Improving Affiliate Campaigns through Social Media

Sharing campaigns, promotions, and blog posts on Facebook, Twitter, and Linkedin is not only beneficial for the main page’s search engine ranking, but also increases the reputation of the marketer. You remember when three years ago you had to hunt for CPA campaigns on network sites, like Maxbounty that could be ran through social media campaigns? The tide has turned, and now almost all merchants are allowing Facebook and Pinterest.

Turning Facebook and Twitter Accounts into Money

No matter which niche you are targeting, and whether you are an affiliate or are directly selling your own products, you need to create a reputation on the marketplace. Simply creating a page that nobody knows about will not generate commissions, though. A detailed social media and reputation campaign needs to be designed, based on the research of trends. You can start by joining popular pages in your niche and contributing to the discussion. Once you have established yourself as an expert, you can create your own page based on what people are interested in. You might choose to promote the page on Facebook or simply invite people through email-marketing and your blog to join.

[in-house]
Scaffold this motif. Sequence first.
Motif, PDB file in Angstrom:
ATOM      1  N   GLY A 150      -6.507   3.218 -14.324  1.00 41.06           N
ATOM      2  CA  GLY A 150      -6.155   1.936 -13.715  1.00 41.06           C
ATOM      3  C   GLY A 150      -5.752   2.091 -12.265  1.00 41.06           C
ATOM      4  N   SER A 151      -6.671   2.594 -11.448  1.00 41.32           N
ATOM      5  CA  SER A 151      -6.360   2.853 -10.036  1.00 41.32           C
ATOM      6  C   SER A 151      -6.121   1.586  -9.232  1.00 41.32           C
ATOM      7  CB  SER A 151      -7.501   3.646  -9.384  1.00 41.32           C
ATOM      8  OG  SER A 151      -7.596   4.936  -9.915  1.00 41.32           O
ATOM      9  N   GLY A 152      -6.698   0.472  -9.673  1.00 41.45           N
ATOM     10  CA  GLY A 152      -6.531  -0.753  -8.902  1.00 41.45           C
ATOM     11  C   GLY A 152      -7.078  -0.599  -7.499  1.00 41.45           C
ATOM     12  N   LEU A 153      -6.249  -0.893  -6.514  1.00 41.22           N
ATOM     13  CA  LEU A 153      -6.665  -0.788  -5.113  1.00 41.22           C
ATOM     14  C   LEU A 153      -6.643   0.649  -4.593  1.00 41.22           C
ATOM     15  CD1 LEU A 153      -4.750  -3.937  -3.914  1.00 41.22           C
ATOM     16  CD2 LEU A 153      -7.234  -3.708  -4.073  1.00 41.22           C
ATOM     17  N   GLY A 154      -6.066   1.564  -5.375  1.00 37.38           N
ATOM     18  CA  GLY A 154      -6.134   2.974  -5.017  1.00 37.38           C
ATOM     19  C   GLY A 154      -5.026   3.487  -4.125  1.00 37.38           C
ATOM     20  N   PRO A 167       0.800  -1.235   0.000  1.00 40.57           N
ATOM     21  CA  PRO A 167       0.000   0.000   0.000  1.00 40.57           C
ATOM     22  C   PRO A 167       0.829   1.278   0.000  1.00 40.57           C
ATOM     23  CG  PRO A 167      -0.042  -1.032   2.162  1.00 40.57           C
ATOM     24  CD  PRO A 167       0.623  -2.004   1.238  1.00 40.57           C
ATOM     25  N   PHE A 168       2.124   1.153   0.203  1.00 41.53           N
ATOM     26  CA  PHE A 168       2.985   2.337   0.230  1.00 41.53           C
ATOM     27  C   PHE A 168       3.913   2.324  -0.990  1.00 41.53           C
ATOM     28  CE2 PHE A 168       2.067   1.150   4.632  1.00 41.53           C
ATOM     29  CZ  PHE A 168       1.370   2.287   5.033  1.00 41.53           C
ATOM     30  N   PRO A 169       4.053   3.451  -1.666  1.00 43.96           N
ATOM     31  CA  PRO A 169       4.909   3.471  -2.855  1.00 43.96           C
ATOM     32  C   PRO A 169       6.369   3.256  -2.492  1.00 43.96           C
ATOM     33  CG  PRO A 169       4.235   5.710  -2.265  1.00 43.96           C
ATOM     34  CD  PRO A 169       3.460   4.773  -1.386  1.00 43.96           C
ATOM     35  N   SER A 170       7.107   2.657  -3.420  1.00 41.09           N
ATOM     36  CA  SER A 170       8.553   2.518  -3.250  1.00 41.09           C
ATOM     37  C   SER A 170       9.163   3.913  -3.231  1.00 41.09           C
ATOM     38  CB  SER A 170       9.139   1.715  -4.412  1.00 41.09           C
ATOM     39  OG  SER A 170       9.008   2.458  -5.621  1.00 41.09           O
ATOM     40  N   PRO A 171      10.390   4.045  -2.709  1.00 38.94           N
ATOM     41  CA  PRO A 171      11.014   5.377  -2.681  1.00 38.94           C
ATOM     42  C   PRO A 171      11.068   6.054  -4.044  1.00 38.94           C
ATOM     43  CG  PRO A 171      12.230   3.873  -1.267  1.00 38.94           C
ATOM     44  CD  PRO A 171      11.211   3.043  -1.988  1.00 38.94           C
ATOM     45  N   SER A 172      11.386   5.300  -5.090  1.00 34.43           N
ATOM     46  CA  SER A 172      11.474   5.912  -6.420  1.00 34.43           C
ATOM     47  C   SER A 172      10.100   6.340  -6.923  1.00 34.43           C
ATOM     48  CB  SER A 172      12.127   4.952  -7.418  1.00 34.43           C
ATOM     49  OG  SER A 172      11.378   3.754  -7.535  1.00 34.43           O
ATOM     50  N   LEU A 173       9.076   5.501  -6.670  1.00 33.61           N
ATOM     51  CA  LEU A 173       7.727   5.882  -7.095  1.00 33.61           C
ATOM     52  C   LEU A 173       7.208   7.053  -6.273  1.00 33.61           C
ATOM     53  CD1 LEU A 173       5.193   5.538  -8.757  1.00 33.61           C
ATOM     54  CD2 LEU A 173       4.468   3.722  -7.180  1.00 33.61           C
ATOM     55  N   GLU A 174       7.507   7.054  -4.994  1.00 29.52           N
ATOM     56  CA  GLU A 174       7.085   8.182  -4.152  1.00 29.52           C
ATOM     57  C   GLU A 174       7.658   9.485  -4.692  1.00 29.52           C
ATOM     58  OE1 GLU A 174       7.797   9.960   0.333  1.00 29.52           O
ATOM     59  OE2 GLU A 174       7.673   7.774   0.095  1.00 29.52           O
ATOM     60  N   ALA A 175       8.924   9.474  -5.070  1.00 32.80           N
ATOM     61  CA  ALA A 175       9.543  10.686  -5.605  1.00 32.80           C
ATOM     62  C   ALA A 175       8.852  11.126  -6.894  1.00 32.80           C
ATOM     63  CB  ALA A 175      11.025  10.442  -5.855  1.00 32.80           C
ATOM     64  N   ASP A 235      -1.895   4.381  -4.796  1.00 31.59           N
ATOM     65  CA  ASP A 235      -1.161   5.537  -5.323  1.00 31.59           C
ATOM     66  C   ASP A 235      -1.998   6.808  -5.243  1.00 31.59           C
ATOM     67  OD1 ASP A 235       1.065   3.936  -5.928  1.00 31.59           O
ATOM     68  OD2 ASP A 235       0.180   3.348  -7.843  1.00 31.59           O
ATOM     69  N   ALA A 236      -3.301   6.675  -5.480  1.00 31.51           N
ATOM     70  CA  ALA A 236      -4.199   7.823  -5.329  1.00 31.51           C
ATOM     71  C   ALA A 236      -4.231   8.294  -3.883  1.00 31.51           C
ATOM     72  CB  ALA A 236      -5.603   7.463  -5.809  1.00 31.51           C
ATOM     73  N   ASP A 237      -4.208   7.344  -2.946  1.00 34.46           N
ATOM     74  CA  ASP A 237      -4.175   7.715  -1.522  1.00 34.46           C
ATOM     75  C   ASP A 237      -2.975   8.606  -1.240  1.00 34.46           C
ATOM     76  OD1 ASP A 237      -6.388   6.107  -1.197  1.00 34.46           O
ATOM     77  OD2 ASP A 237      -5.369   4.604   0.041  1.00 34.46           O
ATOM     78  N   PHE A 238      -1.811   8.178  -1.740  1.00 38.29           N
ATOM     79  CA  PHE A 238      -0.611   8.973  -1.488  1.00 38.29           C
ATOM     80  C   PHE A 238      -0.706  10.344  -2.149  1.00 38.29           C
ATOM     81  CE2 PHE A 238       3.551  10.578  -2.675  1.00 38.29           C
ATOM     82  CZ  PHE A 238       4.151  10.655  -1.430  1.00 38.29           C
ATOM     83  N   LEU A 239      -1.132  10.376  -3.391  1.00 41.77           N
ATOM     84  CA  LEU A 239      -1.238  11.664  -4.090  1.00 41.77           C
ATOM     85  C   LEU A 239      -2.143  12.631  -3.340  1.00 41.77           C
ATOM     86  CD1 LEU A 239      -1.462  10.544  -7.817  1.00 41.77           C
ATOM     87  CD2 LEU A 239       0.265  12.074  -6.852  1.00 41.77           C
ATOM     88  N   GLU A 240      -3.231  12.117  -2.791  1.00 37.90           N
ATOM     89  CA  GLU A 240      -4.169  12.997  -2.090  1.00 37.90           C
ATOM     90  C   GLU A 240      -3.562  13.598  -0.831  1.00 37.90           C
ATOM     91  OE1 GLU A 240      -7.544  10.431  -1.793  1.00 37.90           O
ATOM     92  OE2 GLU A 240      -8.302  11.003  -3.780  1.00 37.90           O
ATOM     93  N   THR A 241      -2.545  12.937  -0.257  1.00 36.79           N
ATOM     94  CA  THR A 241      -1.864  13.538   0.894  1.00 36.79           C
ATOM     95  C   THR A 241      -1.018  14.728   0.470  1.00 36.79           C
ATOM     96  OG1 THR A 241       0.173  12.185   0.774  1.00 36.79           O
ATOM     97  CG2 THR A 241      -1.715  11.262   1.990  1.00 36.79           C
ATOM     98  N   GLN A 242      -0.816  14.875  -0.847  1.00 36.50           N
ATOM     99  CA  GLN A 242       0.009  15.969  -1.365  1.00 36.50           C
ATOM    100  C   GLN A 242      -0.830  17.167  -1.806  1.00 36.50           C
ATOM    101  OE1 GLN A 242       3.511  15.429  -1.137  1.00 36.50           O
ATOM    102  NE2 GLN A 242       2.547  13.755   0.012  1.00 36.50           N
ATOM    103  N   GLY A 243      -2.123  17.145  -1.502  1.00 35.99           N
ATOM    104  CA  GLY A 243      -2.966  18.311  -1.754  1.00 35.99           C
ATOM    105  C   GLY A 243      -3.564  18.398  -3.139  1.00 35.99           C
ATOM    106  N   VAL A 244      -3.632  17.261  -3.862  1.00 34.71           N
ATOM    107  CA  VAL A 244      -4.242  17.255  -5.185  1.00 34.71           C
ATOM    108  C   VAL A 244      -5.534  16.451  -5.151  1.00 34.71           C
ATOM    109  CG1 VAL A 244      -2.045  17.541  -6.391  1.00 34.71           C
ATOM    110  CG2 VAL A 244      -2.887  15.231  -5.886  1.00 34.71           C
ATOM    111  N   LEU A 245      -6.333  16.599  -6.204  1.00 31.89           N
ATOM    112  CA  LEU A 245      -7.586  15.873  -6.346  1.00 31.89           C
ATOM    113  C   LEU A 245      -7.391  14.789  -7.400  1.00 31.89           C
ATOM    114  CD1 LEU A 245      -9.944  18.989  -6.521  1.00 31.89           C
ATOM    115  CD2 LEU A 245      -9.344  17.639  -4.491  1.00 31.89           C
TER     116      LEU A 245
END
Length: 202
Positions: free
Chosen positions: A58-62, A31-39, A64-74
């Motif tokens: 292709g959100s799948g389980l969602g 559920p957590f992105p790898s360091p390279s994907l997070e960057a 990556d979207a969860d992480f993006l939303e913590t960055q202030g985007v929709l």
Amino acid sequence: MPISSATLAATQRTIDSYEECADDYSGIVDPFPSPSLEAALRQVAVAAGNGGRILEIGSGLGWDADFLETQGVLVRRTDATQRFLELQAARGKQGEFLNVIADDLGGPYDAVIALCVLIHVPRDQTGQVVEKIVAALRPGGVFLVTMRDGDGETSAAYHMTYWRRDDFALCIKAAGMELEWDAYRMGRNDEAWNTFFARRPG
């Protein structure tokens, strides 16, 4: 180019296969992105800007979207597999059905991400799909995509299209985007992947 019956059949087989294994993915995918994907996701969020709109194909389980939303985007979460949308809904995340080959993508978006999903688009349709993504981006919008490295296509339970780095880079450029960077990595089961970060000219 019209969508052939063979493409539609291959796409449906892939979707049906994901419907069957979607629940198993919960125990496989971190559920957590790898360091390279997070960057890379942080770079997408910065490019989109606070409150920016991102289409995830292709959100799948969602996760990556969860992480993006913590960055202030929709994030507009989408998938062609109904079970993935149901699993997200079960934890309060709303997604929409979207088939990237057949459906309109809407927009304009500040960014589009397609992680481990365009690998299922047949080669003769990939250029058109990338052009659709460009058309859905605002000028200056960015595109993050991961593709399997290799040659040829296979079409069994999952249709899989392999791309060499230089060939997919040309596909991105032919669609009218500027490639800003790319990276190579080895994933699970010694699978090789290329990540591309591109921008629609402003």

Automating Your Updates

It is no secret that Google is looking for customer engagement and regular updates to rank websites. Clever marketers, however, are able to reduce the time spent on posting updates and sharing information with potential customers. One of the most popular applications to schedule your Facebook, Linkedin, and Twitter posts is Bufferapp. The free version provides you with basic features, and you can add up to ten posts. Your updates on the business page will go out automatically, and once you have set up the system, you can check how many people liked, retweeted, and shared your content.

Social media marketing has created new opportunities for affiliates and merchants alike. It allows people to monitor the market, industry, learn, and engage with their niche. Implement the above steps in your online promotion campaigns and you will see positive results.